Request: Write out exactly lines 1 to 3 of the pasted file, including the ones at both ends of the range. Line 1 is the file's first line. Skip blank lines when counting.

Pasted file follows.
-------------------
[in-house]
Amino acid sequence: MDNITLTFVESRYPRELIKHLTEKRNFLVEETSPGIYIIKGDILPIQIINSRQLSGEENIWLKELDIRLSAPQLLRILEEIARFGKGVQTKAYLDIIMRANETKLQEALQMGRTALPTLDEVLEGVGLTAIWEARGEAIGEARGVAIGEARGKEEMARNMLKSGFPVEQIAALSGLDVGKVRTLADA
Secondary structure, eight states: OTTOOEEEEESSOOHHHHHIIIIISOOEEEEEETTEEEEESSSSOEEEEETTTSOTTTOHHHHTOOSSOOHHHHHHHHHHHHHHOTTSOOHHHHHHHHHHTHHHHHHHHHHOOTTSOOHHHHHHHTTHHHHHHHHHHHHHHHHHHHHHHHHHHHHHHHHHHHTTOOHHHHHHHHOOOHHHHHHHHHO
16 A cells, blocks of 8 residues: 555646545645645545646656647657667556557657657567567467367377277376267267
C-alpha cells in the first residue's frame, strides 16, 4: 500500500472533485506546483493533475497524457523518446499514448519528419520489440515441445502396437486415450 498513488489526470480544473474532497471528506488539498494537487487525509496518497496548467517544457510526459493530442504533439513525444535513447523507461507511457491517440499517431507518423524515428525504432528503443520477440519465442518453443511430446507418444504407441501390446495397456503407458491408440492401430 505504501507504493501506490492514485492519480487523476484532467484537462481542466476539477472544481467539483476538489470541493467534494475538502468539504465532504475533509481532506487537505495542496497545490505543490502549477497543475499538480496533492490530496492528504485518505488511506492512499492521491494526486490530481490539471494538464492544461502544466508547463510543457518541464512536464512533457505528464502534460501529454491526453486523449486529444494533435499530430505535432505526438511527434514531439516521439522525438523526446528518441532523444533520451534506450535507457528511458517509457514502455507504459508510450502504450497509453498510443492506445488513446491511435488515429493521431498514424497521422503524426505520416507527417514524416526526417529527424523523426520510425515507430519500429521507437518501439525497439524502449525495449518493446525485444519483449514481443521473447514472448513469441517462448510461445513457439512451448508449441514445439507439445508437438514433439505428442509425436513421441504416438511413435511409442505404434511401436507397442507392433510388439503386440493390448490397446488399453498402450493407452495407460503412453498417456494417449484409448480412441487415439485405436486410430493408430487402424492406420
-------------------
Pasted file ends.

[in-house]
Amino acid sequence: MDNITLTFVESRYPRELIKHLTEKRNFLVEETSPGIYIIKGDILPIQIINSRQLSGEENIWLKELDIRLSAPQLLRILEEIARFGKGVQTKAYLDIIMRANETKLQEALQMGRTALPTLDEVLEGVGLTAIWEARGEAIGEARGVAIGEARGKEEMARNMLKSGFPVEQIAALSGLDVGKVRTLADA
Secondary structure, eight states: OTTOOEEEEESSOOHHHHHIIIIISOOEEEEEETTEEEEESSSSOEEEEETTTSOTTTOHHHHTOOSSOOHHHHHHHHHHHHHHOTTSOOHHHHHHHHHHTHHHHHHHHHHOOTTSOOHHHHHHHTTHHHHHHHHHHHHHHHHHHHHHHHHHHHHHHHHHHHTTOOHHHHHHHHOOOHHHHHHHHHO